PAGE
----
• Login
  • Search Icon

The Corner Post

June 2022

Petrus Ranko Tsotetsi (55) believes passion and planning are key in the agricultural industry. He says you must love what you are doing, have a clear vision of what you want to achieve and be committed to reaching the outcome.

Petrus wasn’t initially destined for agriculture. He studied motor mechanics in Bethlehem and even operated his own car repair workshop. He then became a supervisor for Metrorail in Pretoria.

In 2009 his father, Joseph, who was a grain and cattle farmer, passed away. This was truly a life-changing event for him, which compelled him to make a career change. After his father’s death he would occasionally visit the farm – which was about 350 km away – just to ensure that everything was still running smoothly.

When he noticed that equipment was being stolen, he made the big decision to leave the city life and a secure income behind, and to honour his late fathers’ legacy and start farming full-time on his father’s land. At this stage his wife, Ophelia, could not join him as she had a stable job in Pretoria and their two sons and daughter were at school there. 

Once he made the decision to farm, he was committed to making a success of his new career path. As he believes that you need to collect as much information as you can about the career path you choose, he successfully completed agricultural courses in 2013 and 2014.

Petrus farms on Die Bult, his father’s 316-hectare farm in the Thabo Mofutsanyane District near Kestell in the Free State. Here he plants crops – maize, soybeans and sugar beans in a rotation system – on 206 hectares of arable land, and his livestock graze on the other 110 hectares. He is also an asparagus farmer and as it is a very labour-intensive operation, with asparagus having to be harvested daily for about six months, people in the community have benefitted as they were employed by the cooperative. 

One of Petrus’s dreams is that as a fully-fledged commercial farmer he can provide more jobs in the community and influence people to acknowledge the importance of agriculture. ‘I wish the people of South Africa, especially the youth, would realise how important agriculture is and develop a love for farming. This is how the economy can grow,’ says Petrus, who has a passion for changing the youth’s viewpoint on farming.

Petrus joined Grain SA in 2013 and became part of the mentorship programme in 2016. Johan Kriel and Jacques Roux have played a big part in his development. ‘They were both good mentors who taught me how to plan before planting and how to monitor my plants as they grow. They helped me to manage and handle my finances. I can now do things on my own.’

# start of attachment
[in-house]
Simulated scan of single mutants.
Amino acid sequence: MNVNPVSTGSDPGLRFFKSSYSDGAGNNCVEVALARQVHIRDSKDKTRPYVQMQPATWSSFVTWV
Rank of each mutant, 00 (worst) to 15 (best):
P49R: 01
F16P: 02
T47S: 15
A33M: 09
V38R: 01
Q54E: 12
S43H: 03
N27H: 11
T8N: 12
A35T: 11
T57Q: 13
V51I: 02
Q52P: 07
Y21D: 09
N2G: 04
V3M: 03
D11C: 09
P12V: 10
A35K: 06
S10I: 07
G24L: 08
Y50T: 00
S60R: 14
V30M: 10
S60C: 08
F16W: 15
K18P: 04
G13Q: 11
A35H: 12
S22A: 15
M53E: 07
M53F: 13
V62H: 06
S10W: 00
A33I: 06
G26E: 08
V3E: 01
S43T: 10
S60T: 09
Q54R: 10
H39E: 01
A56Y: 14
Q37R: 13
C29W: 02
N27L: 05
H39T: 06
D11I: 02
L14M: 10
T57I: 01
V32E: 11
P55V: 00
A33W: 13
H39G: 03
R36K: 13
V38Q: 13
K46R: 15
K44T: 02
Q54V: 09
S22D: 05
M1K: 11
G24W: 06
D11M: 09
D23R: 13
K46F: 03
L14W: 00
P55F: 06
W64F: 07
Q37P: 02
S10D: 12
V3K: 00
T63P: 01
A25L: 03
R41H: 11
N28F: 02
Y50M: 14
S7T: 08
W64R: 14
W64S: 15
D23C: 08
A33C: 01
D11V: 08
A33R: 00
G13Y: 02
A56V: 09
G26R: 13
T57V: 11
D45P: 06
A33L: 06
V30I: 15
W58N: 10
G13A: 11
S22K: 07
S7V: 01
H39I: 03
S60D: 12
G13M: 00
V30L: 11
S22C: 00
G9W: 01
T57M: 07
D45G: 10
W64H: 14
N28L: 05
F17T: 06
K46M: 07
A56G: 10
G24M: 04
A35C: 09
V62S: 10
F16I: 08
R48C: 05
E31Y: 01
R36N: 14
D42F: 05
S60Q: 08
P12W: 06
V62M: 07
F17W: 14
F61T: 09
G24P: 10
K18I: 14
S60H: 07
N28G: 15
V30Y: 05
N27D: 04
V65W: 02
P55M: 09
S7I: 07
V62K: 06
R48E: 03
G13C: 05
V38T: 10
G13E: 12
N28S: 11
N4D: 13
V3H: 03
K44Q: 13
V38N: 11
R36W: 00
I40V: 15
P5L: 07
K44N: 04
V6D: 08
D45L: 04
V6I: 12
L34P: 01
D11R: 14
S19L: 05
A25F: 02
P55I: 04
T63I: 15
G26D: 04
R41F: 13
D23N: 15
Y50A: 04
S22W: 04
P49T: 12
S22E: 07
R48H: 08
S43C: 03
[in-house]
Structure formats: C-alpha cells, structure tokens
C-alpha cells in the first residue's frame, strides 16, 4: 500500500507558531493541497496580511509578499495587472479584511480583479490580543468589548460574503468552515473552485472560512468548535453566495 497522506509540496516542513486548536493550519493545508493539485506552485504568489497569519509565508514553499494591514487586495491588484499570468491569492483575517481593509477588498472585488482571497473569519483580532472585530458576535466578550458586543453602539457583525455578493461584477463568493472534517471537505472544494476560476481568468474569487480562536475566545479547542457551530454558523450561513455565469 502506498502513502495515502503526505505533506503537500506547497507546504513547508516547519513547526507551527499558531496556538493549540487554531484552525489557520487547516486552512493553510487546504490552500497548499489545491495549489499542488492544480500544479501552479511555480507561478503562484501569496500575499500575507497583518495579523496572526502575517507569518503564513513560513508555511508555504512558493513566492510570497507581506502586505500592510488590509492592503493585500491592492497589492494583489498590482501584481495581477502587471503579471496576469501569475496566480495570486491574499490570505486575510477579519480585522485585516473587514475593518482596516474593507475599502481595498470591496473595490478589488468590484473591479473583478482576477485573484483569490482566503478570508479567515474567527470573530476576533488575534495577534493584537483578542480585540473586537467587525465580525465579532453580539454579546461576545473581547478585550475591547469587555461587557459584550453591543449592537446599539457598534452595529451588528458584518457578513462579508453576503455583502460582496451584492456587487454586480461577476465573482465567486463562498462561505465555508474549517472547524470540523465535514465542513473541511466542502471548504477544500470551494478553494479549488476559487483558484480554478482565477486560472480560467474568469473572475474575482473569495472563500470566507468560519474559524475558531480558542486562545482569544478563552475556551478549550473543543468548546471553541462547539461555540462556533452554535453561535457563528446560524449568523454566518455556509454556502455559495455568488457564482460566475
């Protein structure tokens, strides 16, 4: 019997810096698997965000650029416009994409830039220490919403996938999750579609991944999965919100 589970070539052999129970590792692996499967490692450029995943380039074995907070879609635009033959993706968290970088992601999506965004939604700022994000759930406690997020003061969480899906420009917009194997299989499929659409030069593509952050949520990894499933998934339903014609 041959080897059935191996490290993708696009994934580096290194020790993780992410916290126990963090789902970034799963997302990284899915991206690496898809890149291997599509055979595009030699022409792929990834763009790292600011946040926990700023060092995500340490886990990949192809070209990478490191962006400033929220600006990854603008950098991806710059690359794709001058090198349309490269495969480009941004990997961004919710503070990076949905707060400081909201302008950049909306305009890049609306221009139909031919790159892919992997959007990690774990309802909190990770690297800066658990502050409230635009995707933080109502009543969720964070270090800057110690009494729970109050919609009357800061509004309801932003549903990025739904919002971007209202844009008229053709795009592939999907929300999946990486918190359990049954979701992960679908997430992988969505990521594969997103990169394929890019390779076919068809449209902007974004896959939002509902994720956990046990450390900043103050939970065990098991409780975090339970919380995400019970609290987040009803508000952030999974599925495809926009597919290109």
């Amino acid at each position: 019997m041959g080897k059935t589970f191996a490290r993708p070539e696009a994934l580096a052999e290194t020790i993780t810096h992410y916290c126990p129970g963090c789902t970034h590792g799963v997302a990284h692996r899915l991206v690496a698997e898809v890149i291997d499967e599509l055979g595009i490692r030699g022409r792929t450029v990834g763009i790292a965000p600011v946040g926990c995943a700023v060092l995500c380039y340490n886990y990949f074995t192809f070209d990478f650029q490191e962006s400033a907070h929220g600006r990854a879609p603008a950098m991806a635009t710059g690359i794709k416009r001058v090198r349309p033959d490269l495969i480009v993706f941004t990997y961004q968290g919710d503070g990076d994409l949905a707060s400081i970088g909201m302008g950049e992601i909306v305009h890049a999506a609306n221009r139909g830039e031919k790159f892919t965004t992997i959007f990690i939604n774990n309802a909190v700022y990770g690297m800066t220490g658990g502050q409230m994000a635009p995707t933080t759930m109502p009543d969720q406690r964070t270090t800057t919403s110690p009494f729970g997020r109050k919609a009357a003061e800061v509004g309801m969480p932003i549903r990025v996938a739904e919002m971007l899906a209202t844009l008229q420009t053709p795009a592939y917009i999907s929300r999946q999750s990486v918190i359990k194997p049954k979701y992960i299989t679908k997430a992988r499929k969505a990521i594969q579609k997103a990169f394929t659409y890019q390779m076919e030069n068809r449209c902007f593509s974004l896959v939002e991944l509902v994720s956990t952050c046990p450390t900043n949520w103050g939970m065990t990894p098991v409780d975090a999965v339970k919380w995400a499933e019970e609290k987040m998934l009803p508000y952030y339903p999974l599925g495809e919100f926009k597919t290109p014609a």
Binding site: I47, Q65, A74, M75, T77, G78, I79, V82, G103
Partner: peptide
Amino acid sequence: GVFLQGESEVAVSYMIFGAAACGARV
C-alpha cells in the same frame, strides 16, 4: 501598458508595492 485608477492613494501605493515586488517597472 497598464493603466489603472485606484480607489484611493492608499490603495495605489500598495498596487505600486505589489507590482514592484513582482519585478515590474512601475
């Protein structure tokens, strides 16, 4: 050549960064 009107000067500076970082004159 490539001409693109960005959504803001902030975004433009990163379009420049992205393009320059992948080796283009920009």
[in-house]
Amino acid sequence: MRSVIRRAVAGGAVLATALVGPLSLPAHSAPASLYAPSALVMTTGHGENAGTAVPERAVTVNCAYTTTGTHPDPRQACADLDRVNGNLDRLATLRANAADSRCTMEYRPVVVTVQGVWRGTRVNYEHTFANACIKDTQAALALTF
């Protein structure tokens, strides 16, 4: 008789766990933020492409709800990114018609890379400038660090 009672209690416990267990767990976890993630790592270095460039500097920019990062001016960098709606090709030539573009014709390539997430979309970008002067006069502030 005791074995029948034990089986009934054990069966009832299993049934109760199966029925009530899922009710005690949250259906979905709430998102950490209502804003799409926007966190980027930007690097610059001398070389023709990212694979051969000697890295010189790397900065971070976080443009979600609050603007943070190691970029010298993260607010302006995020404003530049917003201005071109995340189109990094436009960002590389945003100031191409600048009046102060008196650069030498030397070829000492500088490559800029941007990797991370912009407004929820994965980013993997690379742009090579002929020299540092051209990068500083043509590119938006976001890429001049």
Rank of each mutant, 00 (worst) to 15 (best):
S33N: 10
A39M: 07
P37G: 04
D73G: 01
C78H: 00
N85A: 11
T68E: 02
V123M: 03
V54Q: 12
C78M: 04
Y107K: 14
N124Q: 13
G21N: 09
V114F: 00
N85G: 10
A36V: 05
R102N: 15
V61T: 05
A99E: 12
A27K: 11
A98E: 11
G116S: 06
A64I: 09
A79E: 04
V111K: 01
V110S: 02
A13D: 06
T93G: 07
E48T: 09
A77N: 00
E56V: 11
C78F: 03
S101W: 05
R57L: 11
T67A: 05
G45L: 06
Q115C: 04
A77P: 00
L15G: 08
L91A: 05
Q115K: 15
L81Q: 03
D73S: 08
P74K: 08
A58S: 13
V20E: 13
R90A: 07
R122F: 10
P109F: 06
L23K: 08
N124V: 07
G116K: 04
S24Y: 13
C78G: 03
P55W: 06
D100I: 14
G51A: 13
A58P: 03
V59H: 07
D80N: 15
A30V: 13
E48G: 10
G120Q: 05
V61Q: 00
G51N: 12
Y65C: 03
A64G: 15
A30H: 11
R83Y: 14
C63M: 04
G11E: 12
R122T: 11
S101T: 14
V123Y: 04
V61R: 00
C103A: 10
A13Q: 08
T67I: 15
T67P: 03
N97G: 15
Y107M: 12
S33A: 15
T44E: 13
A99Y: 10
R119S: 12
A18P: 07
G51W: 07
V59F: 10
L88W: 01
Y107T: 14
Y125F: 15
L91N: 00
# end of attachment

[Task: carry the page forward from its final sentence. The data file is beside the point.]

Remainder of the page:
His agricultural knowledge has increased tremendously over the past 13 years, as learning new agricultural practices and discovering advanced technology in the sector are important to him. He has benefitted from further training through attending study groups and courses such as farm management and financial management, technical advice on the calibration of planters and sprayers and other practical courses. 

‘I never knew what a big difference soil preparation and applying the right fertiliser at the right time would make,’ he says.

Other agricultural practices that have contributed to an increased yield on his fields are crop rotation and planting time. ‘I used to plant the same crop on the same land at the same time. Now I do crop rotation.’

A big agricultural lesson he learned is how important it is to plant on time, but he has also realised that even if you do everything right, you cannot predict the weather. ‘Somewhere in your farming career you will experience drought and veld fires will wreak havoc, so being prepared at all times is crucial.’ 

Because of the input and support Petrus has received from Grain SA and others, he is committed to farming successfully. ‘If people invest their time and advice, you repay them by doing a good job.’ This is why he is a hands-on farmer who checks on his growing crops to ensure that there aren’t weeds or pests destroying his healthy crop.  

He believes a lack of knowledge is one of the biggest obstacles amongst developing farmers. ‘I wish they would all participate in the programmes and courses that are offered, so that they can get more information and knowledge on how to operate their farming enterprises and grow their businesses.’

The biggest lesson he has learned in the past 13 years, is that a farmer must work hard and keep his eyes and ears open. ‘I have also learned patience, as farming is a long-term project. You have to be focused, love what you are doing and be devoted.’

Petrus is driven by his passion and dedication. ‘I became a farmer to fulfil my father’s wish, as he was a passionate farmer. Now I have developed a passion for farming as well,’ he says. Seeing the progress he has made and being able to help others through job creation motivates him to keep on going, even though there are struggles and stumbling blocks on his path. 

Publication: June 2022

Section: Pula/Imvula